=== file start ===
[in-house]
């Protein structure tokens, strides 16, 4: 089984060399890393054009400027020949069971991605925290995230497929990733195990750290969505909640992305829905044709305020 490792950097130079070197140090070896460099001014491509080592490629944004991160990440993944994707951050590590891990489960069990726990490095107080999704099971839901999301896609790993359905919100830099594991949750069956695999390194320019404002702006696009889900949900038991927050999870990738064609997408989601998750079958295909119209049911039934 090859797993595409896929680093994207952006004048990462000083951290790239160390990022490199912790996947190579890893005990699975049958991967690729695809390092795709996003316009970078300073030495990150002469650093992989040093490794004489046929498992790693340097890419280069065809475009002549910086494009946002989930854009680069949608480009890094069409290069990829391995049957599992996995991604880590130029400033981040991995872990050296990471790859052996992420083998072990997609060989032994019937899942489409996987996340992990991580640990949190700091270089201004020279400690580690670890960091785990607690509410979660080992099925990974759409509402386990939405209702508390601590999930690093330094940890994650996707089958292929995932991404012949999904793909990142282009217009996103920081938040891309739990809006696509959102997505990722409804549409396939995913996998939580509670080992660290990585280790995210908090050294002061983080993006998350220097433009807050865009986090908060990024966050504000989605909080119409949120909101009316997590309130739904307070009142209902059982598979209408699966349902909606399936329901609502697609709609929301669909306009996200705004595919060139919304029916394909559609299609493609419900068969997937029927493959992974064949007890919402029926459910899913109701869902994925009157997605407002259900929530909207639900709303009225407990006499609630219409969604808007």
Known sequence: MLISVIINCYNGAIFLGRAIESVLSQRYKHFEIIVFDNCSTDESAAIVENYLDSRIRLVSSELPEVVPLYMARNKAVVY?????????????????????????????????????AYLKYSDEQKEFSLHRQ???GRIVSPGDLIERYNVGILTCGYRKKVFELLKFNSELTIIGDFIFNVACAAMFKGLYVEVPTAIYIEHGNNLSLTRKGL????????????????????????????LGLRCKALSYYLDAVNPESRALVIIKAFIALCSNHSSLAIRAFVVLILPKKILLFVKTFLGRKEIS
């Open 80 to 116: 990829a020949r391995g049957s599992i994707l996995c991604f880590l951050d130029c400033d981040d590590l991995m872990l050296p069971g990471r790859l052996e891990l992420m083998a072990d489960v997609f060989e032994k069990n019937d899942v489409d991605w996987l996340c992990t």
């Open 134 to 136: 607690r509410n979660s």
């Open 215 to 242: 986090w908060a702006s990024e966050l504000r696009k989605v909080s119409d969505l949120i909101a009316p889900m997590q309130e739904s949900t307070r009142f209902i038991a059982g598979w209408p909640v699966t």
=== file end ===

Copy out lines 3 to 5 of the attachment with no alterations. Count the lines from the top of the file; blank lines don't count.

Known sequence: MLISVIINCYNGAIFLGRAIESVLSQRYKHFEIIVFDNCSTDESAAIVENYLDSRIRLVSSELPEVVPLYMARNKAVVY?????????????????????????????????????AYLKYSDEQKEFSLHRQ???GRIVSPGDLIERYNVGILTCGYRKKVFELLKFNSELTIIGDFIFNVACAAMFKGLYVEVPTAIYIEHGNNLSLTRKGL????????????????????????????LGLRCKALSYYLDAVNPESRALVIIKAFIALCSNHSSLAIRAFVVLILPKKILLFVKTFLGRKEIS
């Open 80 to 116: 990829a020949r391995g049957s599992i994707l996995c991604f880590l951050d130029c400033d981040d590590l991995m872990l050296p069971g990471r790859l052996e891990l992420m083998a072990d489960v997609f060989e032994k069990n019937d899942v489409d991605w996987l996340c992990t």
């Open 134 to 136: 607690r509410n979660s």